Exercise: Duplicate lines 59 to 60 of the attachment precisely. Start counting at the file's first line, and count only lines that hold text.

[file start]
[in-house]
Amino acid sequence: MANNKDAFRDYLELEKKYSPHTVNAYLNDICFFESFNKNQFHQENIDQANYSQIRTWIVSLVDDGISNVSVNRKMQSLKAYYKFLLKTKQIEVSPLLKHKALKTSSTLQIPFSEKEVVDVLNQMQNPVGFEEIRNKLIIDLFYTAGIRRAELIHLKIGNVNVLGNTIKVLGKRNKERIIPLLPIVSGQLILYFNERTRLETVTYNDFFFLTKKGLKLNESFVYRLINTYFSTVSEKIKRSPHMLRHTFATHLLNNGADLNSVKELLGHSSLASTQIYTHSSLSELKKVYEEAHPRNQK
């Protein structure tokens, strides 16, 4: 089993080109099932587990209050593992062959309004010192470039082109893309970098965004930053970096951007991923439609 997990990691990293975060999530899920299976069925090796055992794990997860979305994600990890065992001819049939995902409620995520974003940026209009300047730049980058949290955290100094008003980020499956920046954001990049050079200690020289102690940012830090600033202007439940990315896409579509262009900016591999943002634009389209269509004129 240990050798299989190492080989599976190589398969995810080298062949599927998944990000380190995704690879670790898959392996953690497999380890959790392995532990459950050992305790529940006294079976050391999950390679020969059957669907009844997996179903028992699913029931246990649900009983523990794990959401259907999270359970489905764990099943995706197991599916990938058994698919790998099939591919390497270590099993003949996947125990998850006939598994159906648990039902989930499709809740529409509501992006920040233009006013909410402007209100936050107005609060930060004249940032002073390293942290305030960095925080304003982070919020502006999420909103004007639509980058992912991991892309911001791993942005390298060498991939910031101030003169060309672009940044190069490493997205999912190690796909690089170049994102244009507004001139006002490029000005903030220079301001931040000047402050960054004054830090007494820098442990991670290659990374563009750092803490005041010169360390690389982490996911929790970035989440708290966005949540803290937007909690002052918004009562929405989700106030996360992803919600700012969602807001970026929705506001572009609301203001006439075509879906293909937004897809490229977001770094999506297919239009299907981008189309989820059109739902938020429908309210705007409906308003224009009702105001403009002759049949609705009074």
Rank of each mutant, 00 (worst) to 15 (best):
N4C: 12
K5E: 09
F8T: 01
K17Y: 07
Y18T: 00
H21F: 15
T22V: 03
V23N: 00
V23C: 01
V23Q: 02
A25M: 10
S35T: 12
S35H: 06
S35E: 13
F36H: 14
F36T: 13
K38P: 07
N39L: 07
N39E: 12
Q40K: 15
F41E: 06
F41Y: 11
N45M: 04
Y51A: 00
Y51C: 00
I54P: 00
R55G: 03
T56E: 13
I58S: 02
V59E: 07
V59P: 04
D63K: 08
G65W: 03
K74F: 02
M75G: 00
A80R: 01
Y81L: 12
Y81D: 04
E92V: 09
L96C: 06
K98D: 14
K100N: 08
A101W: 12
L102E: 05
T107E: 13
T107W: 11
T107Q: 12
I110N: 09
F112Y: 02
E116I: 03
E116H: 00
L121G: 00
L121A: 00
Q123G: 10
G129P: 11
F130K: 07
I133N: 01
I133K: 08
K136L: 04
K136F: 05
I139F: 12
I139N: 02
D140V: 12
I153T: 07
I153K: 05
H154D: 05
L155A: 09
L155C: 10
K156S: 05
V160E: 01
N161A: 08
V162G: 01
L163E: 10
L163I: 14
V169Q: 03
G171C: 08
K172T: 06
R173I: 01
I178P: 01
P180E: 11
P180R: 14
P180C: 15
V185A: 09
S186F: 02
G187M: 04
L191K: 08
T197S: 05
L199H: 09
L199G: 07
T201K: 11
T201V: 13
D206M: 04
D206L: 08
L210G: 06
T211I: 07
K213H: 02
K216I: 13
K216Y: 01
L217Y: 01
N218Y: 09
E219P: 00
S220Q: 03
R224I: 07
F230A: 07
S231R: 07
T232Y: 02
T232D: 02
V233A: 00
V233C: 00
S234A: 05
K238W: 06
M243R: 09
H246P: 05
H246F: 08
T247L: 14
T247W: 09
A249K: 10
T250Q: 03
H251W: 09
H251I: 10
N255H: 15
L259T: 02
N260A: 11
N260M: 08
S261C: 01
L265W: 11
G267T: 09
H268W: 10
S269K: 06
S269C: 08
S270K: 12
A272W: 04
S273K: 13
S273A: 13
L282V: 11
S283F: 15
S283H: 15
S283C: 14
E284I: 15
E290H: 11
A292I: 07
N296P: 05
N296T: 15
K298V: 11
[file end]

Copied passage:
G129P: 11
F130K: 07